Over half a dozen years Shigeto, has tweaked his headphone electronica, pulling in jazz, hip-hop, his ear for texture and ability on the drums to create inimitable midnight bedroom bliss. With the Intermission EP, Saginaw has taken everything his previous works brought him, boiled it down, and left only the choicest elements from which to spin the intricate bedroom symphonies he’s best known for.

Intermission is opened by “Pulse” - a seven-minute slow-builder that harks back to “Detroit pt.1” whilst tightens the emphasis on rhythm to get headphone-encased heads bopping. A brilliant use of shavings of samples - sharp breath, half a syllable, wrapped around a dark, entrancing track made of Saginaw's trademark percussions, earns its spot amongst Saginaw’s best work.

For many Intermission will be a welcome return to this side of Saginaw’s music. Outside of solo LPs, his last project was with Dave Douglas on High Risk – an improvised jazz album with Shigeto’s electronics sewn in. This recent taste in improvisation isn’t hidden on Intermission but, for the most part, plays second fiddle to the path already laid from 2013’s No Better Time Than Now. However City Dweller’s featuring of jazz pianist Ian Finkelstein is the exception – percussive stutters over cascading keys leave enough space for Finkelstein to find his own melodic path. Whether it’s over too soon, or not soon enough, probably depends on which of the aforementioned releases you prefer.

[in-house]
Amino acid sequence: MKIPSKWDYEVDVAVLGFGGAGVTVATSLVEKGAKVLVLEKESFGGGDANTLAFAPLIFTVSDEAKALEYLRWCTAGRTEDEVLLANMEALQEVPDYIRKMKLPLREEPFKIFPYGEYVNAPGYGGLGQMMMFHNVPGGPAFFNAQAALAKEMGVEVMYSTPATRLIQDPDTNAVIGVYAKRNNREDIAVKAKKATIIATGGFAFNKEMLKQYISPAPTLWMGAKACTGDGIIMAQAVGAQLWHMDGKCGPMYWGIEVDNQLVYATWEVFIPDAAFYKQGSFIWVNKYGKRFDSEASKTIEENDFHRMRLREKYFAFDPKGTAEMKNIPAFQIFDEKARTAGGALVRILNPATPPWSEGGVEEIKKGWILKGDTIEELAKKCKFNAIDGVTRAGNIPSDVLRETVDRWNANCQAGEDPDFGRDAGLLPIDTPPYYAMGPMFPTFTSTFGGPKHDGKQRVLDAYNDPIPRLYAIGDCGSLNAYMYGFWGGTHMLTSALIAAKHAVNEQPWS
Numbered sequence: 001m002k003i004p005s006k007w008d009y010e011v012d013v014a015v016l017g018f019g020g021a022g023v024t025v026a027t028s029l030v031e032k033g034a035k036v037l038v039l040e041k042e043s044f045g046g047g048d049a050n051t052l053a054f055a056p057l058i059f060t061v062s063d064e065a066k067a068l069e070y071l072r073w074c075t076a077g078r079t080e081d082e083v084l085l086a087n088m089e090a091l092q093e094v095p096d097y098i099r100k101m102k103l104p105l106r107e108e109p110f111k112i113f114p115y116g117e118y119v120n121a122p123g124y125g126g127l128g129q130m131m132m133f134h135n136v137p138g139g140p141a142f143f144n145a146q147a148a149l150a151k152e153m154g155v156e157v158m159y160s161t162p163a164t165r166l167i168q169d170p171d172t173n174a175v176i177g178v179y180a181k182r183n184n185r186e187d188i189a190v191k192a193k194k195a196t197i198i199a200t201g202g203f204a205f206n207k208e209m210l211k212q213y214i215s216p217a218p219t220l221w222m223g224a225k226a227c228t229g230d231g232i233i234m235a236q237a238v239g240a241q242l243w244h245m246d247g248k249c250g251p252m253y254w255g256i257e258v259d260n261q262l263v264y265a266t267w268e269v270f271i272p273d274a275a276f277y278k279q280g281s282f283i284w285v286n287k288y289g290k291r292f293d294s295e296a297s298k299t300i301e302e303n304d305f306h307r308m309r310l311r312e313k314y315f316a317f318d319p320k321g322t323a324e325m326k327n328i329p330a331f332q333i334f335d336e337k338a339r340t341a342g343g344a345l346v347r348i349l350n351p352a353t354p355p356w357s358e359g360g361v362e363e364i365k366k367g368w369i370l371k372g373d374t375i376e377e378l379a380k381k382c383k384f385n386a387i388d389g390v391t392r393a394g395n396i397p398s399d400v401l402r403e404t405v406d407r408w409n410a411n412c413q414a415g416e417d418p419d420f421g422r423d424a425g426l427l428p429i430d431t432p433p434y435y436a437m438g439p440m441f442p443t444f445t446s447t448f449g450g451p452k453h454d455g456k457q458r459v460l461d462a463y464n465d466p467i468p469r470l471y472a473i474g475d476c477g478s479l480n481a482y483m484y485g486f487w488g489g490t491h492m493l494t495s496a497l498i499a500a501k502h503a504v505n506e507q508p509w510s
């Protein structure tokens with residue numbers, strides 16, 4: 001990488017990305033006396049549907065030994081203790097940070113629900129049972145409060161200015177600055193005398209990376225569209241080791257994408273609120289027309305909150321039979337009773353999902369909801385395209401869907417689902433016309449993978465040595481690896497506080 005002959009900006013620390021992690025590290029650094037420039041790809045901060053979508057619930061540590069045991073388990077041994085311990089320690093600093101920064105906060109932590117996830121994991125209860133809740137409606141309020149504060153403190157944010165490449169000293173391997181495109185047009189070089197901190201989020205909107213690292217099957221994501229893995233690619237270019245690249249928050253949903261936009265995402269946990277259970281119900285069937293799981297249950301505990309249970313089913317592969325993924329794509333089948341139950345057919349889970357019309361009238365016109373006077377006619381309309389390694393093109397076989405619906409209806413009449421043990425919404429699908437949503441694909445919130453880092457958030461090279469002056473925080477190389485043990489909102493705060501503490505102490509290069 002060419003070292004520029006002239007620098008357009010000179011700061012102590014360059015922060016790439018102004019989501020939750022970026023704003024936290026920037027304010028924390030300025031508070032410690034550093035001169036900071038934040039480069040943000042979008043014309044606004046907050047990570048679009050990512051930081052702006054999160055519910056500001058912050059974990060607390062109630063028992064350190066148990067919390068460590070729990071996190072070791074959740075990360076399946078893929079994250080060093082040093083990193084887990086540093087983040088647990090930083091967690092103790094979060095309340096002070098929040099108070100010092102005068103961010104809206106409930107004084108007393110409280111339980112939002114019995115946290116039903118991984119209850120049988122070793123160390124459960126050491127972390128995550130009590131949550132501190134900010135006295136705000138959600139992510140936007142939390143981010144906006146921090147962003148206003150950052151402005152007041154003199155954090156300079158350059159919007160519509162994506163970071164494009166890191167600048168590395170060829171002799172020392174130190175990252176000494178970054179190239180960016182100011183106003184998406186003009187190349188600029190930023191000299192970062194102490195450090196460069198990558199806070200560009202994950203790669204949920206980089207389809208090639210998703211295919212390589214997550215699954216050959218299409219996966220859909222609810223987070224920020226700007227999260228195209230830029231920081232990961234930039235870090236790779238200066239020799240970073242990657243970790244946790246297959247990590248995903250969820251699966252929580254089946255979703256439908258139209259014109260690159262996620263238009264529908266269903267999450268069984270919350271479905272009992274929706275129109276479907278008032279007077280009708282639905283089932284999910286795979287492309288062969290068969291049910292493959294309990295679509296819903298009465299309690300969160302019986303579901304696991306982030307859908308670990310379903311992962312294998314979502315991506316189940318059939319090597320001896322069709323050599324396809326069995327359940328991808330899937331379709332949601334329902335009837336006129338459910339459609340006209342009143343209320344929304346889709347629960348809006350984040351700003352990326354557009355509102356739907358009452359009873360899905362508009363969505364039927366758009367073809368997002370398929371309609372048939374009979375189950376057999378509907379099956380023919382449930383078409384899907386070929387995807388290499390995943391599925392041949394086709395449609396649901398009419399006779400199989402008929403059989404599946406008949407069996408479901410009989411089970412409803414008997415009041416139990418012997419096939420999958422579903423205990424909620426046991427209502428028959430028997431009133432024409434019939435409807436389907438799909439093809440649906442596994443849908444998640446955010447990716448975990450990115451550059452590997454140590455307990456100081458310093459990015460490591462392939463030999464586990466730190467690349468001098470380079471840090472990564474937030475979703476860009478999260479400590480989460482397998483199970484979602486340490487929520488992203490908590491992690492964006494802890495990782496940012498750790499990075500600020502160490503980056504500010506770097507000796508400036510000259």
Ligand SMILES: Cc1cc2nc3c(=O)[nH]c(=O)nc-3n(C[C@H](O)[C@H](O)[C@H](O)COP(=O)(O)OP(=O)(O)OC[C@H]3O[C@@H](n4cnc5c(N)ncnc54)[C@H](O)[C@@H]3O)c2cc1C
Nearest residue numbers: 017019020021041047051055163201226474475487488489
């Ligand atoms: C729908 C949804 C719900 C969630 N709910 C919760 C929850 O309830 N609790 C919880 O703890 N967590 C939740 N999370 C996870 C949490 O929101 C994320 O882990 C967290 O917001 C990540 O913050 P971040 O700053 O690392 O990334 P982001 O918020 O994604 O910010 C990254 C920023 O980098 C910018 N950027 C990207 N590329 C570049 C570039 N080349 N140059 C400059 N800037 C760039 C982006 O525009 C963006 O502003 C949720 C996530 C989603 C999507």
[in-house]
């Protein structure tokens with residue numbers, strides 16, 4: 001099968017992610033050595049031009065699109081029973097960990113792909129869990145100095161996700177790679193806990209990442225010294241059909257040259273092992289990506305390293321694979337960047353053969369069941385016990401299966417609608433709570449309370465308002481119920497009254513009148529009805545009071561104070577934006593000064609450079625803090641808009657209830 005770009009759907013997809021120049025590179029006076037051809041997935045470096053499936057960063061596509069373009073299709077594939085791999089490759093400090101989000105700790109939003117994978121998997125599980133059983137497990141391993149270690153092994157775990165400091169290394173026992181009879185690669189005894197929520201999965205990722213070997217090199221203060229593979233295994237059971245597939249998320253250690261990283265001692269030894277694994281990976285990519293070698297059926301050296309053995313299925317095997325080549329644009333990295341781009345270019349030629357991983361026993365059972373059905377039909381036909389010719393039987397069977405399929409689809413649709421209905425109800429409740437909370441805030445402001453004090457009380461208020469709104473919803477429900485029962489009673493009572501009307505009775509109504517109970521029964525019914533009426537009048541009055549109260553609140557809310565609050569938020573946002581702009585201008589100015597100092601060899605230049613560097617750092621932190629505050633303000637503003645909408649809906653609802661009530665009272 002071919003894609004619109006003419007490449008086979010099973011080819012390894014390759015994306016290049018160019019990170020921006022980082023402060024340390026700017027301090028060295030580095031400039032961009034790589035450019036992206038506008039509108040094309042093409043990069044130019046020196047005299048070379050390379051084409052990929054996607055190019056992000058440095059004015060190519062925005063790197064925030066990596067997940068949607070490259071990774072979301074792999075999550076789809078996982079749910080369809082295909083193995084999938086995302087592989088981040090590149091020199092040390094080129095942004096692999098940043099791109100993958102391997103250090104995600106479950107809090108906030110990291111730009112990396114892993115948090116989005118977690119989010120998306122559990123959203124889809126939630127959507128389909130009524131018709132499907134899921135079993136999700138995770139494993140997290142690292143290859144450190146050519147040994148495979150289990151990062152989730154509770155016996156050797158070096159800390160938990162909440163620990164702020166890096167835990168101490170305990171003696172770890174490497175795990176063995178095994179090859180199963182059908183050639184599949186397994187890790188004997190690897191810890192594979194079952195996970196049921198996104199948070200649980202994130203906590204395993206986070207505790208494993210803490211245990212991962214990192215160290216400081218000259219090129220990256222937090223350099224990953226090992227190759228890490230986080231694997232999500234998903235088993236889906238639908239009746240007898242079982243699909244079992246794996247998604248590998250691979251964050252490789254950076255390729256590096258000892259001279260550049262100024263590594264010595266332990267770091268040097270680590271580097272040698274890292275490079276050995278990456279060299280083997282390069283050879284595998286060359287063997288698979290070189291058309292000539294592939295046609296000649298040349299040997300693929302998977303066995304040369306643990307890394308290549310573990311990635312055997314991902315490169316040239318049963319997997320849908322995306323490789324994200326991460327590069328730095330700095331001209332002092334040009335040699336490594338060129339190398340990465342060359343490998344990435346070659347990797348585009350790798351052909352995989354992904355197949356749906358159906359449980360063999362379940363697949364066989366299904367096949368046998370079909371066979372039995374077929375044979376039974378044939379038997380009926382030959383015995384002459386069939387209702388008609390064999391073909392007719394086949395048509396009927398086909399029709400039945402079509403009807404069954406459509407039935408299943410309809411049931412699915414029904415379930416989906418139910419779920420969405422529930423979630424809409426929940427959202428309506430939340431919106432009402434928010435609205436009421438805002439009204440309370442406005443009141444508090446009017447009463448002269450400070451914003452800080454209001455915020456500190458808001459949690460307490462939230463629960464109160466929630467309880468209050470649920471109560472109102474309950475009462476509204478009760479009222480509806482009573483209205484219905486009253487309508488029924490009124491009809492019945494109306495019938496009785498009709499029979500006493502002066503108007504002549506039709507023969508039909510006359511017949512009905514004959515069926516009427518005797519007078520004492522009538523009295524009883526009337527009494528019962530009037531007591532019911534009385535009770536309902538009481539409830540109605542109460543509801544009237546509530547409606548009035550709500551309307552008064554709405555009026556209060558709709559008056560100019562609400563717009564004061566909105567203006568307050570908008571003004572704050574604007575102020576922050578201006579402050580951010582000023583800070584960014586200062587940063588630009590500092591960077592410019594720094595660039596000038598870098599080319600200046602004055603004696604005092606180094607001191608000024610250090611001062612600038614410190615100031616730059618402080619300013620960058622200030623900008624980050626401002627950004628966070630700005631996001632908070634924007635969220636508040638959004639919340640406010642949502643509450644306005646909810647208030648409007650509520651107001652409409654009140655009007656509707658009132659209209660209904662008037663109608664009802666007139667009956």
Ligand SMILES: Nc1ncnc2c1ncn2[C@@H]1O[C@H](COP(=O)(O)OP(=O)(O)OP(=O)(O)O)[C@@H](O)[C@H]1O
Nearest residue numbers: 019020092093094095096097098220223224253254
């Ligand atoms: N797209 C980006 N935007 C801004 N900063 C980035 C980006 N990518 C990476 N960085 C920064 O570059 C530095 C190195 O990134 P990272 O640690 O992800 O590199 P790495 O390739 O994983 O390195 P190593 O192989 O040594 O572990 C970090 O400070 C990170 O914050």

Outside the relative intensity of “City Dweller”, sample-heavy “Do My Thing” and “Pulse”, “Gently” and “Deep Breathing” provide musical sorbets between the action. It’s some of the softest production Saginaw’s put out before, and is a welcome break on the tightly-spun ep. But the most detached from Saginaw’s usual output is also the ep’s conclusion: “Need Nobody” is a haunting take on Shigeto, and the only electronic track you’ll need to play this Halloween. Groundislava-esque wobbling synth, like something you'd hear on an old Castlevania game, accompany a rougher than usual rhythm and dark Kid A-esque distorted vocals. Proof if anything that Shigeto can twist any corner of electronica to his method of production; yet still keep it sounding very much his own.